The government has granted a waiver of import duty capped at 540,000 metric tonnes of Maize to cereal traders to import the grain.
This follows a warning by the Agriculture Cabinet Secretary Peter Munya about an impending maize crisis in the country.
In a gazette notice published Friday May 20th 2022, Treasury Cabinet Secretary Ukur Yatani said the waiver is limited only to white non- genetically-modified organism (non-GMO) maize grain.
“The waiver of import duty shall apply to white non-GMO maize imported into Kenya on or before the 6th August, 2022,” the gazette notice reads.
Yatani, in the same gazette notice further says that each imported consignment will have to comply with other conditions apart from being non-GMO. The maize shall have a moisture content not exceeding 13.5 per cent as provided for under the laws of Kenya.
In addition, the notice states that the aflatoxin levels in each consignment of maize shall also not exceed ten parts per billion (ppb) in accordance with the laws of Kenya and Kenyan Standards.
Yatani directed that the imported maize shall be accompanied by a certificate of conformity issued and implemented by the Kenya Bureau of Standards and shall meet all other legal requirements under the relevant laws of Kenya.
Agriculture CS Munya last week said the opening up of the three-month importation window will avert the looming shortage of maize and offer a reprieve to consumers even as prices of flour have been going through the roof.
He had also asked farmers who are hoarding maize to start selling it and added that the Ministry is carrying out an assessment of the maize that is currently available in the country to be able to guide on importation
Maize flour has recently hit an all-time high in the market with some brands of the two-kilogram packet hitting a high of between Sh134 to Sh140.
Last month experts in the maize sector had warned of a looming maize crisis in the coming months even as high prices of maize started to show.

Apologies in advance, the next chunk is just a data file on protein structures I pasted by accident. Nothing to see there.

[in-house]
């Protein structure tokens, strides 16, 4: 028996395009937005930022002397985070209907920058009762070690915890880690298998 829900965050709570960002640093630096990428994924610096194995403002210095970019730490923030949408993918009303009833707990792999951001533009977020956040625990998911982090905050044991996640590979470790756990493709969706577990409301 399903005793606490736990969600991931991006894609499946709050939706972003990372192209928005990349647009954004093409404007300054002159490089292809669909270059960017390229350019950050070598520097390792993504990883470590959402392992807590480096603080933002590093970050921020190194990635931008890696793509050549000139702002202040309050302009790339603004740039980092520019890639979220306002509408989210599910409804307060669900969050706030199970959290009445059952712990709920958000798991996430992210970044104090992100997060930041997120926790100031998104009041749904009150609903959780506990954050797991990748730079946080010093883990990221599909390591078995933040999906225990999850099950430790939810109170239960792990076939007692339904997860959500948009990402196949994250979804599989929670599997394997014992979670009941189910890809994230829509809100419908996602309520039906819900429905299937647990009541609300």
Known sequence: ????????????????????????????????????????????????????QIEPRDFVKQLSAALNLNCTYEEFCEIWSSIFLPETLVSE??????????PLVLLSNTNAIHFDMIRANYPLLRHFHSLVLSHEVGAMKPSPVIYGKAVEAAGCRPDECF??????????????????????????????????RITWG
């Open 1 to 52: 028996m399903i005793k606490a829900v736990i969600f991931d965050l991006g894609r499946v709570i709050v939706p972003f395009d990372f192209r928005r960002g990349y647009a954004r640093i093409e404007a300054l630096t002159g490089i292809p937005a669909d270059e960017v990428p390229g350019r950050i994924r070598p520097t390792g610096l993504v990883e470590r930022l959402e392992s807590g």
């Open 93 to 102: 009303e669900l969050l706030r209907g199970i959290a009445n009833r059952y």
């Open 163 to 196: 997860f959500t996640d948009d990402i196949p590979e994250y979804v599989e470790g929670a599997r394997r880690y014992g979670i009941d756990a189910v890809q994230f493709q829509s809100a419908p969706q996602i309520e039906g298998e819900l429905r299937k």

Speaking to KNA, Gerald Masila of East African Grain Council (EAGC) said that maize prices have increased from around Sh3, 600 for a 90kg bag of maize in January to the current price of Sh4, 200.
“We expect maize from Uganda and Tanzania from around July to August, but the main crop from Kenya will start getting to the depots from October-November up to December because it takes time to dry the maize from the time of harvest,” Masila said.
Kennedy Nyaga, chairman of the United Grain Millers Association, an umbrella of small-scale millers in the country, confirmed that they have been facing a shortage of Maize supplies.
“We have been facing hard times and if there was no intervention, prices of unga could have continued going up in the coming weeks,” Nyaga said.
Maize is one of the main crops produced in the country and a staple food for Kenyans.
According to the Kenya Food Security Steering Group (KFSSG) outlook update for February to September this year, the maize harvest in the marginal agricultural areas is 45-50 per cent of the five-year national maize production average.
The update indicates there has been widespread below average crop production in the marginal agricultural areas, with crop failure in Kilifi, Kwale, Taita Taveta, and Tharaka Nithi, where maize production was 1–7 per cent of the five-year average.
By Wangari Ndirangu